Sunday, December 14, 2008
One of the things that has come of the fire, is that we have many many empty boxes from all the stuff that was taken out of our house, dry-cleaned, then returned to us folded and smoke-free. One of my daughters' favorite games is taking one of the big boxes, putting it on our doorstep, and climbing inside. They're both small enough so they actually fit, like little sardines. Then I come into the room and say loudly to my husband, "Honey, there's a big box on our doorstep. Do you know what it is?" Then I open it and behold, there are two gorgeous little girls pretending to be babies who have been sent from the "orphanage." Then I exclaim with delight and take them into my arms and show them their new home. "Oh my! What beautiful little girls! Can we be your new family? Can we love you and cuddle you and help you grow up?" "Yes!" they exclaim in baby voices that sound slightly demented. Then I show the around their new home. It's the best game. ever. And it makes me realize as I open the big cardboard box, what a huge gift they are!
Wednesday, December 3, 2008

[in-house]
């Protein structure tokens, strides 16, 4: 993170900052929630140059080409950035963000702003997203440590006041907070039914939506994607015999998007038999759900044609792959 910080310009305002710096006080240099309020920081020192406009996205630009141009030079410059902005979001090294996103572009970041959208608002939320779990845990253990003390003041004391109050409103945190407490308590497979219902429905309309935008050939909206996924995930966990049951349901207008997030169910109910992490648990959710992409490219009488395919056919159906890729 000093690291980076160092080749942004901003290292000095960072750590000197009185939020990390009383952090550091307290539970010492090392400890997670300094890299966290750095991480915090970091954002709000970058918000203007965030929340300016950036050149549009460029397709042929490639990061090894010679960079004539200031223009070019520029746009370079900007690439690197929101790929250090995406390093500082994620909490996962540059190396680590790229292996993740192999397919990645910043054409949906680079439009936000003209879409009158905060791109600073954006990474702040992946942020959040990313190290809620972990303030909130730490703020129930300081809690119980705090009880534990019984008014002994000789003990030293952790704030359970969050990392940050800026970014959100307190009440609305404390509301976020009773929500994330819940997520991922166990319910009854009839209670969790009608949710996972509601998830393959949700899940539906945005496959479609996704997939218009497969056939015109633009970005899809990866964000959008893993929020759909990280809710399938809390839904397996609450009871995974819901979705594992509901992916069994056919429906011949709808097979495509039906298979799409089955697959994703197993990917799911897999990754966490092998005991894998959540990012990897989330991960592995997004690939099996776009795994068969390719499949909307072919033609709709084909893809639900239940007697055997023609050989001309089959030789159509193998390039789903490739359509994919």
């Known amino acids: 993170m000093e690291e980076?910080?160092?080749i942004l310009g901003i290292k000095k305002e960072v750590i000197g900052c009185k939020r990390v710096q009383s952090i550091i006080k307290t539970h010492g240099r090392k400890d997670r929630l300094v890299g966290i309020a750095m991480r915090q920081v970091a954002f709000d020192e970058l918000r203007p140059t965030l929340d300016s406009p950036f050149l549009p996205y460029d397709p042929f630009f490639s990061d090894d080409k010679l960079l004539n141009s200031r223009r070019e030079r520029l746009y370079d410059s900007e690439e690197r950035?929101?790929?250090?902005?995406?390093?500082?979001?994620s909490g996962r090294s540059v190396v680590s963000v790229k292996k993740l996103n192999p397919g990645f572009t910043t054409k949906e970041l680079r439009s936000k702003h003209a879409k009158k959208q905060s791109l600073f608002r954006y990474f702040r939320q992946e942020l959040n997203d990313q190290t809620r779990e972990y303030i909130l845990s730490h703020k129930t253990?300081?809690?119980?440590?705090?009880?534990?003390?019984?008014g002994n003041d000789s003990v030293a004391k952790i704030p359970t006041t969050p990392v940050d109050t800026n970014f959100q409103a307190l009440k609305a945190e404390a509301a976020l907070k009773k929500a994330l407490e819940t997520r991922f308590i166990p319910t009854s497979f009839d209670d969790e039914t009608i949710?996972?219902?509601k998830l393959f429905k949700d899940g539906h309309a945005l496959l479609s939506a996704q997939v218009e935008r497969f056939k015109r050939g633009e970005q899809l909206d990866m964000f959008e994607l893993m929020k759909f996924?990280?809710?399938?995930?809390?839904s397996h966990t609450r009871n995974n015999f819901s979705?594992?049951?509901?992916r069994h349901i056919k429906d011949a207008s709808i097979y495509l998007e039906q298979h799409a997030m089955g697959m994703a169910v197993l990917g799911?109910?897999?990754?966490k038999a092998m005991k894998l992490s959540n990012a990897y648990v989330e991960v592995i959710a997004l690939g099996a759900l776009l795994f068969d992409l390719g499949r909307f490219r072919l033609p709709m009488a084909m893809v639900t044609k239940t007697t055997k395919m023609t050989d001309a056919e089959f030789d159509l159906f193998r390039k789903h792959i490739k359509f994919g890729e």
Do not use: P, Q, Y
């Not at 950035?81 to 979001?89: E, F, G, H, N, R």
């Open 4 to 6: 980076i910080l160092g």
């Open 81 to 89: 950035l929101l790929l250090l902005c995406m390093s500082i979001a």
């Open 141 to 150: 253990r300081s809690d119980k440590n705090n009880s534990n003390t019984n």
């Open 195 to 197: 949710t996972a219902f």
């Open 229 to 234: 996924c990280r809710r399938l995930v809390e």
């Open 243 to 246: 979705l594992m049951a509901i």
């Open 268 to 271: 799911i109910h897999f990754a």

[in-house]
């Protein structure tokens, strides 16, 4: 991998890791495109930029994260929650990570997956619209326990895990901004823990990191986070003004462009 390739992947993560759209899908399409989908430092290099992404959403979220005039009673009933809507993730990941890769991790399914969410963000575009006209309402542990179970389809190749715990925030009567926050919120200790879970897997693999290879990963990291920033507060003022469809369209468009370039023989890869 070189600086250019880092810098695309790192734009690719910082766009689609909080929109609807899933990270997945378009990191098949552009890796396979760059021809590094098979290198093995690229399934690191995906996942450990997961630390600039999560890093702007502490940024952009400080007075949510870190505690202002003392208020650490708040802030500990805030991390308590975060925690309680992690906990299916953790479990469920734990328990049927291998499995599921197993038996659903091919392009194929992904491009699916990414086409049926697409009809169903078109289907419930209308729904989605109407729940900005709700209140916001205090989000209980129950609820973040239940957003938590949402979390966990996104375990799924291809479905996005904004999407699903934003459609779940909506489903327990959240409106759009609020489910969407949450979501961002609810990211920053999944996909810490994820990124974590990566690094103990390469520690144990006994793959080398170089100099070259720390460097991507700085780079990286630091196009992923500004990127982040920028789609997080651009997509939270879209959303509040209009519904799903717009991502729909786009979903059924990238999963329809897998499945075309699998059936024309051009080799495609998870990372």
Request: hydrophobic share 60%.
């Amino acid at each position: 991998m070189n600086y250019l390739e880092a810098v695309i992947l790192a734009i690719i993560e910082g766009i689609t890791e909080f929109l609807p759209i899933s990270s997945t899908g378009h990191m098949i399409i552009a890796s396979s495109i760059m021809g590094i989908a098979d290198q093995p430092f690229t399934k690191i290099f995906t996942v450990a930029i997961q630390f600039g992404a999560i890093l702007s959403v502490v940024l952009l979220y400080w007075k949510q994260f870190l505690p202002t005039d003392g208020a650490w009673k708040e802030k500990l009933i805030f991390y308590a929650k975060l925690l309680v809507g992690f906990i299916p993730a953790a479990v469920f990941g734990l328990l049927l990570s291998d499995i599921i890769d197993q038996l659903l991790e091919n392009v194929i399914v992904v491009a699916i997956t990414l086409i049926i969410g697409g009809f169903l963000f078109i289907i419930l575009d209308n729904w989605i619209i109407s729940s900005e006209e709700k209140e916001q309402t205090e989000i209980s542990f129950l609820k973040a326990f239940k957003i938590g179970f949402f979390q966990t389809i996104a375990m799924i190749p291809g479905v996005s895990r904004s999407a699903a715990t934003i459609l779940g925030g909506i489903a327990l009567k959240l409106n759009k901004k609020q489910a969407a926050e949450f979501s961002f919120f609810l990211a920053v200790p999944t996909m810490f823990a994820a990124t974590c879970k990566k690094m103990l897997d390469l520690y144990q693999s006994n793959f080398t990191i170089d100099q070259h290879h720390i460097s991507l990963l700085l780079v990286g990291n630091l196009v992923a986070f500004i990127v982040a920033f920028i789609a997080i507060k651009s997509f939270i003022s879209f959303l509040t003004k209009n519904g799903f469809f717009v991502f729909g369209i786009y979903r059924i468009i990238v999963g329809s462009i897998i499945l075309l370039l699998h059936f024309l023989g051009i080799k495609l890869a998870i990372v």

Wow, has it been quite a few weeks. I haven't blogged in forever. Basically, I live right smack dab in the middle of one of the neighborhoods heavily hit during the recent southern California wildfires of a few weeks ago. Unbelievably, our house was spared. You cannot believe how close the flames came and how random the fire was that night. Our next door neighbors' house burned to the ground. As well as the one kitty-corner. We have a street that is a small loop and 2/3rds of the homes burned down. We now live in a devastated neighborhood. But there is hope. So many of the families (we know all of them cause our commuity is all faculty who work at a nearby college) have been so lovingly cared for. It's amazing to see how our community has rallied to help. We've had to be out of our home for 16 days to clean it up, get the smoke smell out, and now I'm back and it feels like home again. The black hillside behind our home already has green things shooting through the ash. My daughters have to drive and walk by ruins of friends' homes every day, but they are resilient and they still feel safe. It's crazy how a crisis like this creates an immediate shift in perspective. My focus has shrunk to my little nest. It's all I want to focus on these days. And only now, do I feel my head coming up out of the water and being able to look around and remember past cares and responsibilities. I bought some new plants yesterday to replace the charred ones. I'm getting used to the sour burn smell in the air. I kind of like only having a few clothes, since the rest are at the dry cleaners. Thank God for insurance. Some didn't have it. So that's what's been going on. It's been a fascinating experience of being forced to live in the moment. We never knew when we'd be able to move back...we had to rely on the generosity of others...we stayed in 7 different places during those 16 days. We learned to find the sense of adventure and surrender and gratitude in all of it. But I had my grumpy stressed moments. And I learned about my attachment to things. The night I thought our house was gone, I told myself it would be okay. It's just stuff. I had my little family in my arms and safe and that's all that mattered. But when I discovered my stuff was all there, just smoky and dirty, I was relieved and guilty, then very burdened by it. Everything teeny thing had to be cleaned and it made me obsessive. Suddenly this stuff was feeling very heavy. So interesting, this whole journey. phew. Glad to be starting to move on. And then reading about Mumbai, etc...this world is just so fragile and unpredictable. I am catapulted into the present because anywhere else is too scary. And God is in that place. Thanks be to God.